Business Approach for Video Game Physical and Digital versions *spawn*

Discussion in 'Console Industry' started by RudeCurve, Jul 14, 2013.

  1. RudeCurve

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    They REALLY NEED to bring back playing games from hard drive without game disc inserted back...along with online checks BUT they should add some type of prompt to insert disc if you're not online. Why punish the people with an always on internet connection?:???:

    I want to install all of my disc based games on a large 4TB hard drive and not have to insert the stupid game disc.
     
  2. dagamer

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    You can't do both. A game cannot both be a license to play a game offline while also simultaneously just being a dumb disc which the system will copy to the hard drive and can be tossed out later.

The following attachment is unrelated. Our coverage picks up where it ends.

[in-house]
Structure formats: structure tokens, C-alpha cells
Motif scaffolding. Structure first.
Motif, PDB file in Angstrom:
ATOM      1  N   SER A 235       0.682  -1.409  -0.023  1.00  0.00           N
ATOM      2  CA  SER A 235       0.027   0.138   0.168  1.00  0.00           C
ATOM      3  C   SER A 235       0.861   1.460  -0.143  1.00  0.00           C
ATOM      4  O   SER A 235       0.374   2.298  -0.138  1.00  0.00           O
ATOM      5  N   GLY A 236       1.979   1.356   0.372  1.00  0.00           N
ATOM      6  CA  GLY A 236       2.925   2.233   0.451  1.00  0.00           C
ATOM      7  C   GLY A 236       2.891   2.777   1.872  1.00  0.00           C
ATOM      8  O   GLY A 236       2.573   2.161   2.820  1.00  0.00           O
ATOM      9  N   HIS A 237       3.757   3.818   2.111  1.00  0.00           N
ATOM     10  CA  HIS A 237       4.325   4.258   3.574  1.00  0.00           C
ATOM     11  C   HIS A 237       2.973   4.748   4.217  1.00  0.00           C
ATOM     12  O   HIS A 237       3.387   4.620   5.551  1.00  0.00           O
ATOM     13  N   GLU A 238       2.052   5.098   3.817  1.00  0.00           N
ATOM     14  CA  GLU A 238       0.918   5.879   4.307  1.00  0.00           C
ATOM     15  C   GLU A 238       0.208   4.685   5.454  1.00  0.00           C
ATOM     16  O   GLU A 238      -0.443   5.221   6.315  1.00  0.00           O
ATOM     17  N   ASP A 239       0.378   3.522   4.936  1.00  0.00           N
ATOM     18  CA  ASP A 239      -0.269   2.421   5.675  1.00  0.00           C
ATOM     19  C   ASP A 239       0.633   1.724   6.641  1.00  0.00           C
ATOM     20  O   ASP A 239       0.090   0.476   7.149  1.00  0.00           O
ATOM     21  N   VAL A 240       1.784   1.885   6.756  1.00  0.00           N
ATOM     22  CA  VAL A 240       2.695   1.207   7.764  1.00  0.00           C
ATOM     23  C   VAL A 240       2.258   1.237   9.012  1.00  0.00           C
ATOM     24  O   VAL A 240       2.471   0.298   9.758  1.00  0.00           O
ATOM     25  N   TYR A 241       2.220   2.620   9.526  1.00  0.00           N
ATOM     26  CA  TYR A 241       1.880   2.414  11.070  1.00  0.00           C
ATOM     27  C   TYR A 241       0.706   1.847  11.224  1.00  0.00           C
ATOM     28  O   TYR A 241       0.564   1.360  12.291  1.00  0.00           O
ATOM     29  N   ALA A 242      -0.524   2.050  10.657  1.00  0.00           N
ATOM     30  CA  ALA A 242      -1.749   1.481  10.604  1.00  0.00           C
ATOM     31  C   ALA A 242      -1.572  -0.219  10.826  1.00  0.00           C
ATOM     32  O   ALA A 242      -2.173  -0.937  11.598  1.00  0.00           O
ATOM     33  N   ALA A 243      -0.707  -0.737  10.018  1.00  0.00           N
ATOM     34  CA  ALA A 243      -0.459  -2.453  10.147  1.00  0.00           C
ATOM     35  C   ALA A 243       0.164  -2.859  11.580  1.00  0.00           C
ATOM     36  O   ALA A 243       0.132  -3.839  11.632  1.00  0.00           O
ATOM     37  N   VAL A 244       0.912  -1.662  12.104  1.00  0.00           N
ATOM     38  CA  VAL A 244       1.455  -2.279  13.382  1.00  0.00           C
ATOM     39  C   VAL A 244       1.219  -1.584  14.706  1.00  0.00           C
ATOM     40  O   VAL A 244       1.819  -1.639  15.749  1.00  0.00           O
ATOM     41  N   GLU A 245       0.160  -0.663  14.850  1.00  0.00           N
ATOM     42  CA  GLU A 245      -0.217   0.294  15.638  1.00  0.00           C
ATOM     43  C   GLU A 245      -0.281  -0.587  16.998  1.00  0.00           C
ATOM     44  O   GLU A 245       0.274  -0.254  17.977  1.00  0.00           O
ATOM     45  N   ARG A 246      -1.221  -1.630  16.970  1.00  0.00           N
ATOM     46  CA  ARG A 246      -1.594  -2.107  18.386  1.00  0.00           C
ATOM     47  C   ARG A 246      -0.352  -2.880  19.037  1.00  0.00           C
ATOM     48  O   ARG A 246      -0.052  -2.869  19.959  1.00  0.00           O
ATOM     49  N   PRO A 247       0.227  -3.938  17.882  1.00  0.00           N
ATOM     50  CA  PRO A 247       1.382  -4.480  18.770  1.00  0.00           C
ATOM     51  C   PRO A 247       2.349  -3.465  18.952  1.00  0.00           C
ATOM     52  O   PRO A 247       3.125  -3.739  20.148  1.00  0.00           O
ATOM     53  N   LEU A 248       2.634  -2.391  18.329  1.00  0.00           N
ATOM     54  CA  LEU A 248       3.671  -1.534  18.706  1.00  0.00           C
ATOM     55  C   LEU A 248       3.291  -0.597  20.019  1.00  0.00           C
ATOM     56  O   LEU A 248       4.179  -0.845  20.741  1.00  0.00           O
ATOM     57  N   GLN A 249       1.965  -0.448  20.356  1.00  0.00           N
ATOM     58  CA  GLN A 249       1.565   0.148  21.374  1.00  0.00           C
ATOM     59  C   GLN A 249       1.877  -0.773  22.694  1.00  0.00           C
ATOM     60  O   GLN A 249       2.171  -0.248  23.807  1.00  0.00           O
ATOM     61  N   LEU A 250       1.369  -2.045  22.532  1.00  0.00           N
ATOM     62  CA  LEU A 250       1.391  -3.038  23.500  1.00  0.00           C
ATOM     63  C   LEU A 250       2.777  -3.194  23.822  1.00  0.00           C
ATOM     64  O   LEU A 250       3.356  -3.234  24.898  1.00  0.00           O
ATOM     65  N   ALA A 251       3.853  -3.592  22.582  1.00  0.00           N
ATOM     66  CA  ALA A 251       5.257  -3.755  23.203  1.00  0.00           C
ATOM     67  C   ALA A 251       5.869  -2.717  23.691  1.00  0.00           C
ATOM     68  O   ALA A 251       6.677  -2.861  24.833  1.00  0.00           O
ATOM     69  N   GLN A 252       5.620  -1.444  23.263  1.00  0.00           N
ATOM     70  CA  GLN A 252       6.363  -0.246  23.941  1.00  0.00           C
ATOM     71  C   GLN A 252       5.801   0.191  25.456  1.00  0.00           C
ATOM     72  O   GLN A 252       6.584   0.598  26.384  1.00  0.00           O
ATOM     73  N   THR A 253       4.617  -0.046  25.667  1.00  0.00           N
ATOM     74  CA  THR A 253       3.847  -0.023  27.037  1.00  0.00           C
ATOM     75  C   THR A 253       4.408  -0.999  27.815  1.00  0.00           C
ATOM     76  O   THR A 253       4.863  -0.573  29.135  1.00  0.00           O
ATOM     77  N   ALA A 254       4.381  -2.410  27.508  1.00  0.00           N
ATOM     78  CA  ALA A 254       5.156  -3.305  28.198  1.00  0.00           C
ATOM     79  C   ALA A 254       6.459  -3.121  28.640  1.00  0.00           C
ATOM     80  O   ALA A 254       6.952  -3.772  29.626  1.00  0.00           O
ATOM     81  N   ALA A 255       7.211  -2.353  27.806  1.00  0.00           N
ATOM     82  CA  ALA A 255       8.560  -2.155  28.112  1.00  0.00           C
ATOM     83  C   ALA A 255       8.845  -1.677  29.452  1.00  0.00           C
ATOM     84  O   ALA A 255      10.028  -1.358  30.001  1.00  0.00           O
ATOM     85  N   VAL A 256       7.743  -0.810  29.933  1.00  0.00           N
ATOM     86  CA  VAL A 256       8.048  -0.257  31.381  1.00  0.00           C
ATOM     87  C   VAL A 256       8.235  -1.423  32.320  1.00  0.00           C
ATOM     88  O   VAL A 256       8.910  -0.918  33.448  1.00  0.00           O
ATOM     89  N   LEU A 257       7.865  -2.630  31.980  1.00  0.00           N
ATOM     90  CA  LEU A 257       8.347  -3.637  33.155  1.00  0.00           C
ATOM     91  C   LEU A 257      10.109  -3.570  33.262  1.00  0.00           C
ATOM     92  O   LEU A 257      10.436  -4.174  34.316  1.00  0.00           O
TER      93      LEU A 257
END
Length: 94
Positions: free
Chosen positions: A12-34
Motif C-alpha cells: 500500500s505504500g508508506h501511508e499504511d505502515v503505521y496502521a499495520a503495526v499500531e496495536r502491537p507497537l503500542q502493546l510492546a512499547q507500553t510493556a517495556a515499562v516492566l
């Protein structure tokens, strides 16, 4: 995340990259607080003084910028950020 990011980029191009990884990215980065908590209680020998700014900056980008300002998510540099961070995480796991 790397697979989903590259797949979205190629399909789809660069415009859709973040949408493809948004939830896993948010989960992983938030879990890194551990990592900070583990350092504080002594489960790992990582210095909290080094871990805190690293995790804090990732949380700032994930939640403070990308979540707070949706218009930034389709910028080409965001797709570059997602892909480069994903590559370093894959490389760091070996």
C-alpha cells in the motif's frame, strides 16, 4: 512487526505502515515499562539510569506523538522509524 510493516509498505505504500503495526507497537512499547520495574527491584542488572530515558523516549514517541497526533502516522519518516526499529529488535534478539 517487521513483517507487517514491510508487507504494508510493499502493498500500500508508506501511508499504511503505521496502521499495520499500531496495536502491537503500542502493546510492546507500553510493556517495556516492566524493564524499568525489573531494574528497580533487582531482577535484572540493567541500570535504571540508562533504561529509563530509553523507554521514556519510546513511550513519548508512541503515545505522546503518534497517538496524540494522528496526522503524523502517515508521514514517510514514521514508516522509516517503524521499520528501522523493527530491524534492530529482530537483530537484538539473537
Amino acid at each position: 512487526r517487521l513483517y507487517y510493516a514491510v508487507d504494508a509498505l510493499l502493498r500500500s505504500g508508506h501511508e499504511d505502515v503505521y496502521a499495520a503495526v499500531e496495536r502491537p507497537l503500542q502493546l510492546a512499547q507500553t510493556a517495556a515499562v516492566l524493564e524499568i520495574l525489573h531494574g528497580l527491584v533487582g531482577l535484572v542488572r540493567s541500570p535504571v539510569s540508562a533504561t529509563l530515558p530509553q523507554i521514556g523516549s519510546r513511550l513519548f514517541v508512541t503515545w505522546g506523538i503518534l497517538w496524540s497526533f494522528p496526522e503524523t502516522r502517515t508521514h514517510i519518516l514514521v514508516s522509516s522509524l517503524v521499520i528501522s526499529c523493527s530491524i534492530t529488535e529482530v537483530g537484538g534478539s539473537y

The system, when it returns, will be for downloaded games only. That's the carrot. Buy digital games, get expanded rights compared to last gen and Steam. Buy physical discs, get to trade and resell them all you want. Very simple and straight forward.

    For multiplayer games with endless amounts of playability, it really doesn't make sense to buy a physical copy since you will more than get you $60 of value out of it. Plus, the idea of queuing for matches while doing other tasks just seems awesome.

    For example:
    "Xbox, On"
    "Xbox, Call of Duty, Queue next multiplayer game"
    And in the meantime, watch TV or something. Wouldn't that be awesome?

    Unless the disc is in the system, you don't get that kind of multi-tasking.
     
  3. Kb-Smoker